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Looking Back and Laughing

Author offers thinly veiled story of her painfully funny Hollywood childhood.

August 05, 2000|ANN SHIELDS | SPECIAL TO THE TIMES

Most writers are advised to write what they know. Author Diane Leslie did that with a vengeance in her novel "Fleur De Leigh's Life of Crime" (Simon & Schuster, $23).

Leslie will speak to the Ventura County Writers Club on Tuesday on "Becoming a Writer." Although she has been writing since she was 17, this lightly fictionalized account of her life is her first novel.

After surviving a painfully funny childhood in the 1950s in a Hollywood family, where a succession of 60 nannies paraded through her life, Leslie submerged much of herself into Fleur De Leigh, a precocious 10-year-old whose mother is a B-movie actress and whose father produces television game shows. Any resemblance to Leslie's childhood is purely intentional.

Leslie's mother was a screenwriter from the 1930s through the '50s, and her father was an entertainment lawyer with high-profile clients. Both Fleur and Leslie were largely ignored by parents, who left them to find attention and love from the hired help, Leslie said. Strangely enough, her mother loved the novel, which was on the Los Angeles Times bestseller list for 19 weeks and was chosen one of the best books of 1999 by Library Journal.

"I handed her the manuscript and thought I might never hear from her again, but she called me the next day and just raved about it," Leslie said. "She told me I got my father and his mother exactly right."

Before she started the novel, Leslie spent 17 hours taping interviews with her mother--interviews she said her children might want to listen to someday. During the writing process, she realized that it would be fine if her novel was never published, because she had resolved so much for herself, she said.

"It's so funny that after all this time, I've gotten my mother's approval, which I never had--or her interest. That's a kind of a fascinating result that I never expected," she said.

When a book signing was scheduled at Dutton's in Brentwood, where Leslie sells books and leads study groups, her mother wanted to know if she should wear her tiara, since she was the star of the novel, Leslie said.

Leslie's next book is about being sent away to boarding school at 15--she said it still bothers her. She tried to write it in a different setting, with other characters, but decided to continue on with Fleur. Some of the things that happened are painful to write about, and she is in the pain stage right now, she said.

"I was not a very happy child, but I always knew it was funny--that what was happening around me didn't happen to everybody--so it was really funny on one level," she said.

One of those painfully funny things happened when she was 17. Her parents bought a bigger house nearby and left her living in the old house by herself. Meanwhile, they were preparing the servants' quarters in the new house for Leslie, with a separate entrance.

"When I saw it, I realized that if I moved in there I would never move out again--it would be impossible to get away," she said.

Escape came in the form of a sailboat rigger named Fred Huffman, who invited her to sail around the world with him. She agreed and said it turned out to be a good decision made for all the wrong reasons. They are still married, she said.

Meanwhile, she is living out childhood fantasies of keeping house and raising her children without nannies--when she isn't writing about Fleur's latest escapades.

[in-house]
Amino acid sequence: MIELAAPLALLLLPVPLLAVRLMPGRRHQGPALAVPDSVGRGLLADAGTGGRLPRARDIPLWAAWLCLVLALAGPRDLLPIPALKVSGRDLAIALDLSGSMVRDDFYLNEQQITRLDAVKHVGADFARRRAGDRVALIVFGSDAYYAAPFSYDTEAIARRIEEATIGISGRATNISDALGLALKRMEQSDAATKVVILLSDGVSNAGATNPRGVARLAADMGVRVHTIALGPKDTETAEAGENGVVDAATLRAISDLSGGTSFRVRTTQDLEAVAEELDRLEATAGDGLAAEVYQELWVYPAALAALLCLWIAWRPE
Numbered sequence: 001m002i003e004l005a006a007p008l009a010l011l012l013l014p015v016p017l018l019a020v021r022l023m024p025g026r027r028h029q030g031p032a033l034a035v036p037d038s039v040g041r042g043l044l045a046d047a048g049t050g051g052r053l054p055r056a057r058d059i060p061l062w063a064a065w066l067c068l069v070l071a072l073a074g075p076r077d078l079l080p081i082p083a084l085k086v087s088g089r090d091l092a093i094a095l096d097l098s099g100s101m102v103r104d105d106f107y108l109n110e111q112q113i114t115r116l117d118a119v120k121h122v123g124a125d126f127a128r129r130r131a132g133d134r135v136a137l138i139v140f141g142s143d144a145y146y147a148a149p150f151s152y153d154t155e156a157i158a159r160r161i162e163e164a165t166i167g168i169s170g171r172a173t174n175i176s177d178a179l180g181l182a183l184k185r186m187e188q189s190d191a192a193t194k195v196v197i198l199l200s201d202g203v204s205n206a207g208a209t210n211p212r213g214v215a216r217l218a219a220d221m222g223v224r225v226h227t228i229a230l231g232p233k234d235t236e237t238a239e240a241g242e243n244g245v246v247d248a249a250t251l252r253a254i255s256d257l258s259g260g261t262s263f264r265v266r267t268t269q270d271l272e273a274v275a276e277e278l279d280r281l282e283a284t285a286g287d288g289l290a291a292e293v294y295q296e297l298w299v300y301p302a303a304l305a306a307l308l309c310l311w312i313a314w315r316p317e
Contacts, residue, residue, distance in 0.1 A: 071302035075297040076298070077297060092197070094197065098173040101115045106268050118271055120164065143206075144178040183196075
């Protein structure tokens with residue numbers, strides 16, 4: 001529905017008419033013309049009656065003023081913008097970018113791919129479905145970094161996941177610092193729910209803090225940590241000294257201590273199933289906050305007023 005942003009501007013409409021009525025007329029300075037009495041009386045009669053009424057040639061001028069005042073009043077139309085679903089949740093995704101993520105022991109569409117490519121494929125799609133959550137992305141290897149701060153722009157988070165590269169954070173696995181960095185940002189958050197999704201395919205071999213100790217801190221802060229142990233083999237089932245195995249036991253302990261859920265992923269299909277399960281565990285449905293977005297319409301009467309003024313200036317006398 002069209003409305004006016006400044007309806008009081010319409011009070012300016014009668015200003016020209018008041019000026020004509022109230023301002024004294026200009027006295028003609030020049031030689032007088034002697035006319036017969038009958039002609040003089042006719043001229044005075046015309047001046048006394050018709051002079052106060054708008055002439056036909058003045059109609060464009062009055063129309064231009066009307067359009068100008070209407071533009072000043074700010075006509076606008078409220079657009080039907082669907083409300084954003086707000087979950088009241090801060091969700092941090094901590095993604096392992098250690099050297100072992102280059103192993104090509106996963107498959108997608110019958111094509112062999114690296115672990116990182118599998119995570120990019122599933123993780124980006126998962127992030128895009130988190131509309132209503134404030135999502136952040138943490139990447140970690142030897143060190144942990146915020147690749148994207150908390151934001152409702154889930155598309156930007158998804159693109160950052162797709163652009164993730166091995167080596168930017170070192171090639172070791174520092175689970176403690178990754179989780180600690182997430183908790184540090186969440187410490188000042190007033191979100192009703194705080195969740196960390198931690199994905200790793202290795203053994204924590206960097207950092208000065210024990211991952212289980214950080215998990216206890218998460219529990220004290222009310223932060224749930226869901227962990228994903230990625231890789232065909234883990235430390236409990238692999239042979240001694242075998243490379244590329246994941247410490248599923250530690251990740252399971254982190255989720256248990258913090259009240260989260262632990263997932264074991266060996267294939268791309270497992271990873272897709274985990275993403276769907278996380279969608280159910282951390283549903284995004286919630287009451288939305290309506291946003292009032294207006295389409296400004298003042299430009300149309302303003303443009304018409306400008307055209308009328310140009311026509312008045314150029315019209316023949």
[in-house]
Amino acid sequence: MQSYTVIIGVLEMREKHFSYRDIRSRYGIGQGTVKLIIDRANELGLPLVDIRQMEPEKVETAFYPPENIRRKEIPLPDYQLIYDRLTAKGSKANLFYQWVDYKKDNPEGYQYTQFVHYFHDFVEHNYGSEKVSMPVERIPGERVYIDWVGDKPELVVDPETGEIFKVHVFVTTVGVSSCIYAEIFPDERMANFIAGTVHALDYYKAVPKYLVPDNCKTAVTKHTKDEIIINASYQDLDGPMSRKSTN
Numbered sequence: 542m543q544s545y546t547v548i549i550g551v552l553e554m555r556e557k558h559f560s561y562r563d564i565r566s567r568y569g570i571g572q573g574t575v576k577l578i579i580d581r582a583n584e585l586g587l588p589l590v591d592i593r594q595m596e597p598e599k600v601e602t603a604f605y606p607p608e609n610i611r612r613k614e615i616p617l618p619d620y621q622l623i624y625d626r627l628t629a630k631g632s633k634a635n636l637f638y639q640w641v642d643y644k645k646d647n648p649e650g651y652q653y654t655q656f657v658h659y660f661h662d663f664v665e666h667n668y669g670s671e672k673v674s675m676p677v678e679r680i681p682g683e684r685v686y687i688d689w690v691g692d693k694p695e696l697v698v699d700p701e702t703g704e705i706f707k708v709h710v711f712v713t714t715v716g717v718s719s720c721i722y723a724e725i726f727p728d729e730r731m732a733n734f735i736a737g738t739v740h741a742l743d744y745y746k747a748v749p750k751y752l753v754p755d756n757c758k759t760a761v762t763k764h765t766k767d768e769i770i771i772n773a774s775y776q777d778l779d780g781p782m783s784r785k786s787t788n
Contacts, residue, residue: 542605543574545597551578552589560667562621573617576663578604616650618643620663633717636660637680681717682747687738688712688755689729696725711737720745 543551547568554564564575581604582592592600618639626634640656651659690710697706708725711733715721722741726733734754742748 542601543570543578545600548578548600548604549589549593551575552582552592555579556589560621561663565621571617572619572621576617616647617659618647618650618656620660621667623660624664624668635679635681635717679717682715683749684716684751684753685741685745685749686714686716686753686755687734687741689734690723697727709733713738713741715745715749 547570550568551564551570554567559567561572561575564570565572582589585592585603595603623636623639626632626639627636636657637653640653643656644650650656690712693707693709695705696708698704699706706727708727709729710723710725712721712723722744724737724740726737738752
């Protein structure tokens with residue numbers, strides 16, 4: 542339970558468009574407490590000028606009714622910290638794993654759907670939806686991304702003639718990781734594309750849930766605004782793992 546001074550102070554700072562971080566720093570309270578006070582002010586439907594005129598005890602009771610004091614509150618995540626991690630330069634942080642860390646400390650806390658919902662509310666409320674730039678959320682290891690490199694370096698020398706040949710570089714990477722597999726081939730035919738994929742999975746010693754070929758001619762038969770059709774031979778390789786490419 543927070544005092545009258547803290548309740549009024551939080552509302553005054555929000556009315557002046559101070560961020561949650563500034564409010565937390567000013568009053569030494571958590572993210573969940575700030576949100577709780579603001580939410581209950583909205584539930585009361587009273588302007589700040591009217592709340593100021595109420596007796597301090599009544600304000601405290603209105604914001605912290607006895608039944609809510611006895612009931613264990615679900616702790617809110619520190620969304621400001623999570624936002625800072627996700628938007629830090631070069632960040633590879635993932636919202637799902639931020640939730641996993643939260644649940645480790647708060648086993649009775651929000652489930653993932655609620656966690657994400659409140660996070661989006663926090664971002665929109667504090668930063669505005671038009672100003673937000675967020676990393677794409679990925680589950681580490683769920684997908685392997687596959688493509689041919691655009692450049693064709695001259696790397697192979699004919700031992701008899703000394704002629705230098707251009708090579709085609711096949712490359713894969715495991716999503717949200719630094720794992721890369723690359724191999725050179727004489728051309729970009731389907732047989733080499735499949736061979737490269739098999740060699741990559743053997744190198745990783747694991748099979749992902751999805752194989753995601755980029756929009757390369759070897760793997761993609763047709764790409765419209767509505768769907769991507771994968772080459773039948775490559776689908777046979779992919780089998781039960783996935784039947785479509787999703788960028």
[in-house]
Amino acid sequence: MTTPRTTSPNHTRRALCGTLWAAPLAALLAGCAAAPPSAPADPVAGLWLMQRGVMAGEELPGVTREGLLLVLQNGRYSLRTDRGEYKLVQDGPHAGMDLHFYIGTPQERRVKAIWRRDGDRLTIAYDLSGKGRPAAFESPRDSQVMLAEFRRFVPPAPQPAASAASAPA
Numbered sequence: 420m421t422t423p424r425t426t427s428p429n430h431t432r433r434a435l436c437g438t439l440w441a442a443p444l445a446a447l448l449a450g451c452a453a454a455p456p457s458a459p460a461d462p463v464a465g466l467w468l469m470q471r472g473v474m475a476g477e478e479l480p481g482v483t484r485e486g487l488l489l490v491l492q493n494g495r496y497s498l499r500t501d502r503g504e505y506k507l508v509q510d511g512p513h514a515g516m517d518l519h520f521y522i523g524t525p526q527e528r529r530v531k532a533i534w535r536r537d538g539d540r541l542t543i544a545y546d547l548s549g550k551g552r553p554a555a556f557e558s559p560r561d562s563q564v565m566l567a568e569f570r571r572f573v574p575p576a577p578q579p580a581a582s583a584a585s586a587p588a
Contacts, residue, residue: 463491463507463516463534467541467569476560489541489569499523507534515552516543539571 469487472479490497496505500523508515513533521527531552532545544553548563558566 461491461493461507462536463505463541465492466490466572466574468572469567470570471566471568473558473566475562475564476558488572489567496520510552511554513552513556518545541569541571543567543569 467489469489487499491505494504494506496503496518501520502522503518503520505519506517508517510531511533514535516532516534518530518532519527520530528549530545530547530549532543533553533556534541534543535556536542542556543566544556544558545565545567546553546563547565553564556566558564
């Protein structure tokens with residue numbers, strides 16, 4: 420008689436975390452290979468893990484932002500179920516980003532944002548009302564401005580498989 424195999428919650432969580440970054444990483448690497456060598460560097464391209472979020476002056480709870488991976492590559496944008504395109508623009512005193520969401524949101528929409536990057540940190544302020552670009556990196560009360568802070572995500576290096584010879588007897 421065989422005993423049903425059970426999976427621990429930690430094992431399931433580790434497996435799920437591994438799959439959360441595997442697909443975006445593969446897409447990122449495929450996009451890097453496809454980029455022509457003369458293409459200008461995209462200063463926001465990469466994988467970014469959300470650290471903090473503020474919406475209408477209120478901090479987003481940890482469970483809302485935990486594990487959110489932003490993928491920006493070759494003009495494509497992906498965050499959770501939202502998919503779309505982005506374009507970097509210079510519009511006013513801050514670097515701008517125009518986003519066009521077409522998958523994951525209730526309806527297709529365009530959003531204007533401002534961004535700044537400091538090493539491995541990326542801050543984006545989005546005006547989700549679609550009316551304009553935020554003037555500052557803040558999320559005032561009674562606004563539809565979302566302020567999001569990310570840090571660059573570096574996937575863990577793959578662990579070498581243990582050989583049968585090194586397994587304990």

Also during the Ventura County Writers Club meeting, Lee Wardlaw, author of "We All Scream for Ice Cream," will whip up some treats. With the help of volunteers, she will demonstrate how to make soft ice cream in five minutes, using a zip-lock bag. It's one of the recipes in her book. Samples will be available after the book signing.

HAPPENINGS

* Today: 1 p.m. Glynn Marsh Alam will sign and discuss "Dive Deep and Deadly" at Mysteries to Die For, 2940 Thousand Oaks Blvd., Thousand Oaks, 374-0084.

* Sunday: 11 a.m.-4 p.m. Janice Marschner will sign "California 1850--A Snapshot in Time" (Coleman Ranch Press-$19.95). The book was written to commemorate California's Sesquicentennial on Sept. 9. Marschner is donating 40% of the proceeds from sales to the Olivas Adobe Historical Park in Ventura. She will be in the Olivas Adobe Historical Park booth in the Agriculture Building at Seaside Park at the Ventura County fairgrounds. For more information about the book, e-mail coleman@cwo.com or call (916) 393-9032.

* Sunday: 10 a.m. Fran Halpern will interview Lewis Lapham, the editor of Harper's magazine, on radio station KCLU-FM (88.3).

* Tuesday: 7 p.m. The Second Tuesday Contemporary Book Group will focus on "The Hours" by Michael Cunningham. Borders, 125 W. Thousand Oaks Blvd., Thousand Oaks, 497-8159.

* Tuesday: 7:30 p.m. The Ventura County Writers Club will hear Diane Leslie, author of "Fleur De Leigh's Life of Crime." Also, Lee Wardlaw, author of "We All Scream for Ice Cream," will show how to make soft ice cream. Samples and book signings. The meeting is open to the public. For more information, call club president Joanne Sehnem at 579-9414. Borders, 497-8159.

* Wednesday: 9:30 a.m. Story time with circus stories and face painting. Ventura Barnes & Noble, 4360 E. Main St., 339-9170.

* Wednesday: 7 p.m. The Wednesday Night Readers will focus on T. Coraghessan Boyle's "The Tortilla Curtain." Ventura Barnes & Noble, 339-9170.

* Wednesday: 8 p.m. Poetry Workshop. Ventura Barnes & Noble, 339-9170.

* Thursday: 7 p.m. A reading group will discuss "Crow in Stolen Colors" by Marcia Simpson. Mysteries to Die For, 374-0084.

Information about book signings, writers groups and publishing events can be e-mailed to anns40@aol.com or faxed to 647-5649.

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